Adobe Pho­to­shop El­e­ments 15

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Macworld - - Contents - Jackie Dove

As smart­phone cam­eras ad­vance, of­fer­ing fea­tures that ri­val and some­times ex­ceed the point-and-shoots of old, hob­by­ist in­ter­est in photography has surged, not only for doc­u­ment­ing friends and fam­ily, but for record­ing a crit­i­cal world view – sim­i­lar to clas­sic street or land­scape photography. When Ap­ple posts bill­boards of scenes shot by am­a­teurs and pros us­ing their iPhone, it’s not hard to see where the in­spi­ra­tion comes from.

For those who want more vis­ual tricks than Ap­ple Pho­tos of­fers they turn to Adobe Pho­to­shop El­e­ments, an app de­signed for con­sumers who seek an easy way to achieve so­phis­ti­cated special

ef­fects. El­e­ments, now in its fif­teenth it­er­a­tion, is no Pho­to­shop, but a good num­ber of its ad­vanced fea­tures are de­rived from the com­pany’s flag­ship app and name­sake.

Adobe is wise enough not to mess too much with the ba­sic for­mula and gen­eral in­ter­face of this app, pre­fer­ring to en­hance and add to its fea­tures. With ver­sion 15, the up­dated Or­ga­nizer com­pan­ion rocks brand new search ca­pa­bil­i­ties and batch pro­cess­ing, while a new crop of guided ed­its re­fresh the main edit­ing pack­age.


The Adobe El­e­ments Or­ga­nizer, an ana­log to Pho­to­shop’s Bridge, acts like a mini dig­i­tal as­set man­age­ment sys­tem, keep­ing track of all pho­tos and videos to make them ac­ces­si­ble to the two main El­e­ments apps, Pho­to­shop El­e­ments and Pre­miere El­e­ments. Aside from im­port/ex­port and or­gan­i­sa­tional func­tions like rat­ings and tags, the Or­ga­nizer fea­tures face recog­ni­tion, geo­tag­ging, and built-in maps. The Or­ga­nizer is also the place for ba­sic fixes like ro­ta­tion and auto-correction. In ver­sion 15, it does a lot more.

The Or­ga­nizer now has more in­tel­li­gent ca­pa­bil­i­ties, like its new Smart Tags fea­ture. From the search in­ter­face you can see ex­actly what tags the app has placed on your images. Google Pho­tos, Flickr, and Ap­ple Pho­tos al­ready use ar­ti­fi­cial in­tel­li­gence to au­to­mat­i­cally de­ter­mine con­tent for tag­ging pho­tos. Adobe says that deep learn­ing al­go­rithms were used to de­velop the Smart Tags fea­ture, but that there is no on­go­ing AI tech­nol­ogy run­ning in the Or­ga­nizer.

You can use the app’s en­hanced search func­tion­al­ity to quickly scroll by Smart Tags, Peo­ple, Places, Date, Fold­ers, Key­words, Al­bums, Rat­ings and Me­dia Types, whose icons run down the left side of the win­dow. You can choose from the icon or just type in search cri­te­ria in the box at the top of the win­dow.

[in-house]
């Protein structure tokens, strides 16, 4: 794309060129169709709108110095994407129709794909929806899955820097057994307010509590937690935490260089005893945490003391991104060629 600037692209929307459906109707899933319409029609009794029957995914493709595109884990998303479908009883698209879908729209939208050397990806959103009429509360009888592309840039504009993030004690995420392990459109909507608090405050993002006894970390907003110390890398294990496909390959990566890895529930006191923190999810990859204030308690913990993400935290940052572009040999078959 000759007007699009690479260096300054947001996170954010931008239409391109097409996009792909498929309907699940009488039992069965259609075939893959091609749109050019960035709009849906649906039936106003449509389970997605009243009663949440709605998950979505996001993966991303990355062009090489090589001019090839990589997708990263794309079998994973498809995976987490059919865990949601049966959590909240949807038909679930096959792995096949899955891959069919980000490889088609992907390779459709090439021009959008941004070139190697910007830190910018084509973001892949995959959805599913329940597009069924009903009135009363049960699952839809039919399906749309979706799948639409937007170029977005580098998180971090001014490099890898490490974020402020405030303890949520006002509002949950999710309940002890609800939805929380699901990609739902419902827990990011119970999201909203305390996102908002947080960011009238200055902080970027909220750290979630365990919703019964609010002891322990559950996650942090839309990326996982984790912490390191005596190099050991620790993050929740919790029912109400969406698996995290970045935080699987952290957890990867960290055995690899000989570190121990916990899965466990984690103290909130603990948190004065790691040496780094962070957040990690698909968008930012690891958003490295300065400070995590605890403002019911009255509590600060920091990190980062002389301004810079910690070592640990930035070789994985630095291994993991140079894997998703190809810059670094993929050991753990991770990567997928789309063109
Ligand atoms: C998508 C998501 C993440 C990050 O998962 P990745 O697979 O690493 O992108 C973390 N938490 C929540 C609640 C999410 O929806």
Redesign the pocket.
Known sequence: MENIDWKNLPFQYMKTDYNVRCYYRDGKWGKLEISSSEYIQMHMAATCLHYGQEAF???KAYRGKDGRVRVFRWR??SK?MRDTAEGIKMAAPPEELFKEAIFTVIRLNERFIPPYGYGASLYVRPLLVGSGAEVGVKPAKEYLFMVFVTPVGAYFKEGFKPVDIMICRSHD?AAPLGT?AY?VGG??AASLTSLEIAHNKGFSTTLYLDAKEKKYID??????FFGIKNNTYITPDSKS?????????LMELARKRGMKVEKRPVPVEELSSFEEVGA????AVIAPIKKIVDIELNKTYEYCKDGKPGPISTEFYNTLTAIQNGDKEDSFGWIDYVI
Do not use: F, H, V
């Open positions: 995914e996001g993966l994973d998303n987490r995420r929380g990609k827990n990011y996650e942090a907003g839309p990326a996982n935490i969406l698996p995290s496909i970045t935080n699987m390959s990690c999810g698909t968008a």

You can use the And or Or com­mand to nar­row down your search from thou­sands of images, video, au­dio, and projects to find the item you want. Note that each smart tag search builds on the pre­vi­ous one, so make sure the text box at the top re­flects only your cur­rent search.

The Or­ga­nizer’s new In­stant Fix up­date now lets you batch cor­rect pho­tos im­ported into the app. Just group to­gether your cho­sen shots, and the new in­ter­face of­fers a set of ad­justable slid­ers to fix them all si­mul­ta­ne­ously for clar­ity, colour, light, brand new special ef­fects, and more.


Adobe’s Quick, Guided and Ex­pert edit­ing mod­ules lie at the heart of the Ed­i­tor, mak­ing it the go-to app for am­a­teurs seek­ing a more so­phis­ti­cated but ac­ces­si­ble al­ter­na­tive to Ap­ple Pho­tos. This ver­sion de­buts five new guided ed­its to per­form com­plex tasks via step-by-step in­struc­tions. In this ver­sion, how­ever some were bet­ter than oth­ers.

Pic­ture text

While it can be a fairly straight­for­ward task to ac­com­plish that beloved clas­si­cal post­card ef­fect of fill­ing in let­ter­ing with a land­scape or other images, you need the proper tools and know-how. El­e­ments’ new Photo Text guided edit makes it drop dead sim­ple to achieve. The fea­ture lets you choose from the fonts within your sys­tem and even lets you add an em­bossed look and drop shad­ows for a pro­fes­sional fin­ish.

Just choose the Type tool and start typ­ing. You can se­lect and cy­cle through all the se­lec­tions to help you de­cide. Af­ter you choose your font, you can en­large, fit, and ap­ply some sim­ple ef­fects. Oc­ca­sion­ally, this fea­ture had glitchy per­for­mance; we’d choose a font and start typ­ing with­out it reg­is­ter­ing any let­ters on the can­vas. In that case, we can­celled and started over to achieve the ad­ver­tised re­sults.

Art trans­for­ma­tion

Cre­at­ing art from pho­tos is swiftly be­com­ing a world­wide phe­nom­e­non. Pho­to­shop El­e­ments’ new Painterly mo­d­ule of­fers a nod to that by let­ting

you add a can­vas back­ground or wa­ter­colour brush strokes to your pho­tos. There are only five brush styles, but you can change their size and back­ground colour to al­ter the look. The mo­d­ule is aided by a min­i­mal num­ber of tex­tures and ef­fects.

We found this ef­fect a lit­tle half-baked. It’s un­der­stand­able that Adobe wants to keep the tool sim­ple, but in the fu­ture, we’d like to see more en­hance­ments with ad­di­tional brush shapes and tex­tures as well as bet­ter ways to blend them.